He loves her. She’s the one, no doubt about it. They work in the same pub, and seeing her each day, all day long, has sealed his resolve. He will marry Patsy Finucane. And they will be happy.

Family obligations, however, require Paulie to make a brief visit back to the farm of his birth in rural Ireland. His father has died. He must help his mother settle things. Then he can return to the city, to the life he has made there, and to Patsy.

But this is a William Trevor short story, and that means Paulie’s future will slowly darken, like the sky before a storm. Paulie is torn. Is his duty to his widowed parent or to himself? If he goes back to the city, he will be haunted. If he stays on the farm — Patsy is not cut out to be a farmer’s wife — he will be lonely.

He must choose between permanent guilt or permanent sadness. But there is no choice, really.

Thus “The Hill Bachelors,” one of the 48 artful, evocative tales in a new collection of Trevor’s incomparable work, moves toward its inevitable conclusion.

What matters is not so much Paulie’s choice — his destiny is as fixed as the gray hills that ring the farm — but the way Trevor suggests the full dimension of his character’s tragedy. The author does not resort to melodramatic language; he simply describes Paulie’s romantic life in the community to which he has exiled himself, the succession of movie dates: “When the lights went down he waited a bit before he put an arm around her, as he always had with her sisters and with Maeve. He hadn’t been able to wait with Patsy Finucane.” Passion — and its absence — thus is expertly delineated.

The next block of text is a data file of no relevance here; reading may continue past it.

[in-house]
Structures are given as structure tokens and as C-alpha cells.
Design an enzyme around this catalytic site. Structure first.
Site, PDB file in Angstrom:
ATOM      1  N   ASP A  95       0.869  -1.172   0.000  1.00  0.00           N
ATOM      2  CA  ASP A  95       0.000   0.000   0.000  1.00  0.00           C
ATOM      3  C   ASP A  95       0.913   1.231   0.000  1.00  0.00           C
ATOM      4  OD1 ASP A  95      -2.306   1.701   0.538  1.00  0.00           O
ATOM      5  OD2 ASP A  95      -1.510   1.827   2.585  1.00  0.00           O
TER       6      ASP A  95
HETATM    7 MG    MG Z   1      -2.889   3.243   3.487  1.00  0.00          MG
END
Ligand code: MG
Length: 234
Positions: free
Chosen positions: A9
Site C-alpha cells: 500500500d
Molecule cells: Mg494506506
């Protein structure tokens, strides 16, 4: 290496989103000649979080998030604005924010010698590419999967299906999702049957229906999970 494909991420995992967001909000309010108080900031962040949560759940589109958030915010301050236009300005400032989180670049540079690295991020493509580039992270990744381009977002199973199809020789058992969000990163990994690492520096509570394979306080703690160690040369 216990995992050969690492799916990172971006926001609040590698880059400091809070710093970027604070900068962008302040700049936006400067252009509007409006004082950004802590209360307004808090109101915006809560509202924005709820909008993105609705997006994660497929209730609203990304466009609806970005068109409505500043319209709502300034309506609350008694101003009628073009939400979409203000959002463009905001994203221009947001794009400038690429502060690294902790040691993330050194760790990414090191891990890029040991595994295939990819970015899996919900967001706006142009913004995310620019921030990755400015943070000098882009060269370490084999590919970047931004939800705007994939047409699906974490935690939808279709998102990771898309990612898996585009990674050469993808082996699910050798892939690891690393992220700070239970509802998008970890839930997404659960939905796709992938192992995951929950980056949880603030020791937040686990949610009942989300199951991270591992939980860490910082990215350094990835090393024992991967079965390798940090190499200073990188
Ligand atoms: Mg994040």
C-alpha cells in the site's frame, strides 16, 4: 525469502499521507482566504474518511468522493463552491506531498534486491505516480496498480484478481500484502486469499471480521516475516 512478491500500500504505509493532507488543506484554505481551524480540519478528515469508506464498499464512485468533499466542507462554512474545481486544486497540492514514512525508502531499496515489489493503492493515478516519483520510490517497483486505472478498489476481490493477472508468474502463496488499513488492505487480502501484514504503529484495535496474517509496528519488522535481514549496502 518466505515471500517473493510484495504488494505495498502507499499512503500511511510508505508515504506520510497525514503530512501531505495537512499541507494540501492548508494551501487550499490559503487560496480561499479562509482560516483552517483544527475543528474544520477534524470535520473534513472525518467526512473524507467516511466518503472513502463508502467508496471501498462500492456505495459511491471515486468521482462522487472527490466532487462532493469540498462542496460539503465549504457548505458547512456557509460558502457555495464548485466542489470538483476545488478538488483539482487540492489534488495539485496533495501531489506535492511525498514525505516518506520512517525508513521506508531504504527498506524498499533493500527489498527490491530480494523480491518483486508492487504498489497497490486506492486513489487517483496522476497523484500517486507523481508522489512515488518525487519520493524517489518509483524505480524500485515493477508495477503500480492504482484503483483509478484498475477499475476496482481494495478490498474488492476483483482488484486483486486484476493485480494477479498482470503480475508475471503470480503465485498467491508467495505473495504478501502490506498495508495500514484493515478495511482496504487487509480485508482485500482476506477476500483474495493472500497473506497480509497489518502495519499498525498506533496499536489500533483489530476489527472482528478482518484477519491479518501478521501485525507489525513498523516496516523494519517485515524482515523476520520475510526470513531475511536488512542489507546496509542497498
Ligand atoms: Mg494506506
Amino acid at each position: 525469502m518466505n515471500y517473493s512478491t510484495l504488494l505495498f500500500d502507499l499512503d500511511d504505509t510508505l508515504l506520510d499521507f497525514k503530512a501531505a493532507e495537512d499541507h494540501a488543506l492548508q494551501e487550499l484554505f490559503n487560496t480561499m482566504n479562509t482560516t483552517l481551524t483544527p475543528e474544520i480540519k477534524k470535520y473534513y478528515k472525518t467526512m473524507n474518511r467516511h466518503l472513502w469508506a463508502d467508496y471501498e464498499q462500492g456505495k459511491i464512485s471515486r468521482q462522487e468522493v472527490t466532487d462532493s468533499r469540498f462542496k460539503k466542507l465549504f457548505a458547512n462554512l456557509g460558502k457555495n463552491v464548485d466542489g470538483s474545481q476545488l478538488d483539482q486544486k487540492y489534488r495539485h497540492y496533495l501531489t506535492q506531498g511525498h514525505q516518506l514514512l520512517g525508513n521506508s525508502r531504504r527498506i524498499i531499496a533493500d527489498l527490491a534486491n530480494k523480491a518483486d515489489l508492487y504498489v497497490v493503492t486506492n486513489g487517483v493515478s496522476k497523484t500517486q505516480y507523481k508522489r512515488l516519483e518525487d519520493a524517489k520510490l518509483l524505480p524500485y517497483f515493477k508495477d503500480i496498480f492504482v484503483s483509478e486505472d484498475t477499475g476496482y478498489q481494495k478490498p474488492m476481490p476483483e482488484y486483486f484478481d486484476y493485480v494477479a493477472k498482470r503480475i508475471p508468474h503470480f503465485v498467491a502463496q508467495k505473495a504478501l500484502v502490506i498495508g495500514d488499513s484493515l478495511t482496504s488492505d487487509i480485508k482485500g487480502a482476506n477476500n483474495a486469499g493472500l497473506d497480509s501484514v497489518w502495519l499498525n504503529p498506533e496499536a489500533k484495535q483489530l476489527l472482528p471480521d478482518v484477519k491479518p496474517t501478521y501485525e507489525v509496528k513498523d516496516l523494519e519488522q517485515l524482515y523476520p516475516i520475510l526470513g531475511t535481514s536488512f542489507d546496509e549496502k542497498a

Trevor has been turning out masterful stories for so long now that his genius is easy to take for granted. He makes it look effortless, this writing of exquisite tale after exquisite tale, each one different, each one the same. Set mainly in rural Ireland in the recent or the long-ago past, they record the moment when ordinary people become reconciled to their fate. In “Selected Stories,” each one is a small, precise jewel, so quietly and unobtrusively displayed on the dark cloth of its design that you almost forget it was written at all. The stories seem to be objects drawn directly from an ancient landscape, rinsed and polished, their edges sharp from the chisel’s blunt cut.

There are stories that bristle with menace and dread, such as “Gilbert’s Mother,” and stories that throb with forbidden love, such as “The Potato Dealer.” There are stories whose ominous implications strike only after you’ve finished them and moved away, such as “Folie a Deux.”

Trevor once called the short story “an explosion of truth.” The truths in his work — 12 collections of short stories, 14 novels — can at times seem bitter and harsh, but in the end, they dignify human striving and human suffering as nothing else does in quite the same way. His fiction spins straw into gold, turns sorrow into beauty.